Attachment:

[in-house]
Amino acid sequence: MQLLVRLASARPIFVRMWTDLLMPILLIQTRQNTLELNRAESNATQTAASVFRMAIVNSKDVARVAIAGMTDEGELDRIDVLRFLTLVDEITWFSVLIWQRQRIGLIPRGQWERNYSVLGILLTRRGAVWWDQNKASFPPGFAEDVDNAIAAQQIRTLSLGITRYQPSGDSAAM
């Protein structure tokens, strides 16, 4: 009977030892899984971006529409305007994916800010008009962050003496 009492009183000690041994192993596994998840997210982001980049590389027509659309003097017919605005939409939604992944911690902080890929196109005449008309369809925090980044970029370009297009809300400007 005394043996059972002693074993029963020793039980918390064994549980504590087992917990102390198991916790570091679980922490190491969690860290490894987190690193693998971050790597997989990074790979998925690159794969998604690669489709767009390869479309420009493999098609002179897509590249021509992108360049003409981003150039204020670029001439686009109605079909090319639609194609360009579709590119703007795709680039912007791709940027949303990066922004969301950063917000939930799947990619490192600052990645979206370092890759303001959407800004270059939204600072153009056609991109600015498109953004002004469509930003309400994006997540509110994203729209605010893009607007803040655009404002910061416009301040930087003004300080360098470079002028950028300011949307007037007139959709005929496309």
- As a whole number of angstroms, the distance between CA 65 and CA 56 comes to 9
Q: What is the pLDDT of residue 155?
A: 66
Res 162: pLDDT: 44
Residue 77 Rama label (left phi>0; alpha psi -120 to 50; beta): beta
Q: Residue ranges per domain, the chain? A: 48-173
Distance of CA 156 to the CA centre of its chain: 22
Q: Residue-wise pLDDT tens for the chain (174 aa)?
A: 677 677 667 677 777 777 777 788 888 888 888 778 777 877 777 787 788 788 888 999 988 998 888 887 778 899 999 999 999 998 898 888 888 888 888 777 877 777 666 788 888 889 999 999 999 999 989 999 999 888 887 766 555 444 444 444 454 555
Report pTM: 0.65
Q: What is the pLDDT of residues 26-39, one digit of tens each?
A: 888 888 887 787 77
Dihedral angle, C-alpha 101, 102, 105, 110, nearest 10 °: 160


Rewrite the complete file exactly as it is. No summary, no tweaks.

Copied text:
[in-house]
Amino acid sequence: MQLLVRLASARPIFVRMWTDLLMPILLIQTRQNTLELNRAESNATQTAASVFRMAIVNSKDVARVAIAGMTDEGELDRIDVLRFLTLVDEITWFSVLIWQRQRIGLIPRGQWERNYSVLGILLTRRGAVWWDQNKASFPPGFAEDVDNAIAAQQIRTLSLGITRYQPSGDSAAM
């Protein structure tokens, strides 16, 4: 009977030892899984971006529409305007994916800010008009962050003496 009492009183000690041994192993596994998840997210982001980049590389027509659309003097017919605005939409939604992944911690902080890929196109005449008309369809925090980044970029370009297009809300400007 005394043996059972002693074993029963020793039980918390064994549980504590087992917990102390198991916790570091679980922490190491969690860290490894987190690193693998971050790597997989990074790979998925690159794969998604690669489709767009390869479309420009493999098609002179897509590249021509992108360049003409981003150039204020670029001439686009109605079909090319639609194609360009579709590119703007795709680039912007791709940027949303990066922004969301950063917000939930799947990619490192600052990645979206370092890759303001959407800004270059939204600072153009056609991109600015498109953004002004469509930003309400994006997540509110994203729209605010893009607007803040655009404002910061416009301040930087003004300080360098470079002028950028300011949307007037007139959709005929496309």
- As a whole number of angstroms, the distance between CA 65 and CA 56 comes to 9
Q: What is the pLDDT of residue 155?
A: 66
Res 162: pLDDT: 44
Residue 77 Rama label (left phi>0; alpha psi -120 to 50; beta): beta
Q: Residue ranges per domain, the chain? A: 48-173
Distance of CA 156 to the CA centre of its chain: 22
Q: Residue-wise pLDDT tens for the chain (174 aa)?
A: 677 677 667 677 777 777 777 788 888 888 888 778 777 877 777 787 788 788 888 999 988 998 888 887 778 899 999 999 999 998 898 888 888 888 888 777 877 777 666 788 888 889 999 999 999 999 989 999 999 888 887 766 555 444 444 444 454 555
Report pTM: 0.65
Q: What is the pLDDT of residues 26-39, one digit of tens each?
A: 888 888 887 787 77
Dihedral angle, C-alpha 101, 102, 105, 110, nearest 10 °: 160